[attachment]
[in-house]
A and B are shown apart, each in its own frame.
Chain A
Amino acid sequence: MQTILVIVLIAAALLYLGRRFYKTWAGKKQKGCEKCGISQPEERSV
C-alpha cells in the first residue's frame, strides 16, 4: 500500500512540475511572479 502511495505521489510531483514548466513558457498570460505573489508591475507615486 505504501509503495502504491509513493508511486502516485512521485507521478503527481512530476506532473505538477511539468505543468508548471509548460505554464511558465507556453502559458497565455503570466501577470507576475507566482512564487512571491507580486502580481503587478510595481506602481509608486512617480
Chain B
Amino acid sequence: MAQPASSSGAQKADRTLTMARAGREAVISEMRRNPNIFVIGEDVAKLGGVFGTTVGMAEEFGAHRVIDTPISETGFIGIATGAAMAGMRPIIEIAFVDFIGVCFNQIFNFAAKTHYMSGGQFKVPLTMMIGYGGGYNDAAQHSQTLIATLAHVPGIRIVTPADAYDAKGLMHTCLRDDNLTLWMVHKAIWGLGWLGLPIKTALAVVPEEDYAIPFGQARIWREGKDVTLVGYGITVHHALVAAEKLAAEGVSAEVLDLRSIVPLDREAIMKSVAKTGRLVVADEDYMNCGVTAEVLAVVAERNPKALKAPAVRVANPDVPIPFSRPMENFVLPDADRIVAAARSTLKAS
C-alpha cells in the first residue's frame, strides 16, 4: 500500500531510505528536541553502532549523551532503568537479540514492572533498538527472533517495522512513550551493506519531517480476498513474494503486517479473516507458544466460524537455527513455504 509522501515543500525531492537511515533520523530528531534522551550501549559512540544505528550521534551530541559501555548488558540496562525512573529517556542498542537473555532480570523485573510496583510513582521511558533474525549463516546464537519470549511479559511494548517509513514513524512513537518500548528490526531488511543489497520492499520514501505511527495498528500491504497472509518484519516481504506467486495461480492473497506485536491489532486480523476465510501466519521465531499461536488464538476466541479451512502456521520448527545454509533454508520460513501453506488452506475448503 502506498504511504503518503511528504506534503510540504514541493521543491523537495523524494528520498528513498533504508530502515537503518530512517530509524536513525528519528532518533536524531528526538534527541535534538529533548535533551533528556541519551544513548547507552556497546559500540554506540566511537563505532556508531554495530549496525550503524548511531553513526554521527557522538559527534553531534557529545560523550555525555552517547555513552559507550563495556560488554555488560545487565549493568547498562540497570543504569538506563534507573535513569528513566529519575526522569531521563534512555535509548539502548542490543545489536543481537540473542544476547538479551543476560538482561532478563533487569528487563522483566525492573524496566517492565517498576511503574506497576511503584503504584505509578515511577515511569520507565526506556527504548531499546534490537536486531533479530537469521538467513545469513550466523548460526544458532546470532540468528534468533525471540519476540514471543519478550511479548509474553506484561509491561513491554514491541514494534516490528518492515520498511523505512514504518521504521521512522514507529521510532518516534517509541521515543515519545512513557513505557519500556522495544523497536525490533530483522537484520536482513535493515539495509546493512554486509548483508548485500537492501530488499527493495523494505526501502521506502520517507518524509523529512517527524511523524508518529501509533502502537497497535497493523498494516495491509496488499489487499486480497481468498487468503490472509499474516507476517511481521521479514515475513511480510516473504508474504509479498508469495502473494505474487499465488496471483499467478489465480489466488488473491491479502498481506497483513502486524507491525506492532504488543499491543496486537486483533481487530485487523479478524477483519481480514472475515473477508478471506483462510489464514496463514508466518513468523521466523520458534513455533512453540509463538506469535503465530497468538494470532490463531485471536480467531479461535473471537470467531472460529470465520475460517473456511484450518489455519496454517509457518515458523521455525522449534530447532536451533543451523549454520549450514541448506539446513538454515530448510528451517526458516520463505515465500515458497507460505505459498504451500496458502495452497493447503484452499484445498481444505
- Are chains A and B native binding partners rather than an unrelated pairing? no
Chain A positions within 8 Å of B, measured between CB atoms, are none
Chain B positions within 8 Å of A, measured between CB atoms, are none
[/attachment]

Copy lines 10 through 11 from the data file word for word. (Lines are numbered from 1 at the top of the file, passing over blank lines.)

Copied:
Chain A positions within 8 Å of B, measured between CB atoms, are none
Chain B positions within 8 Å of A, measured between CB atoms, are none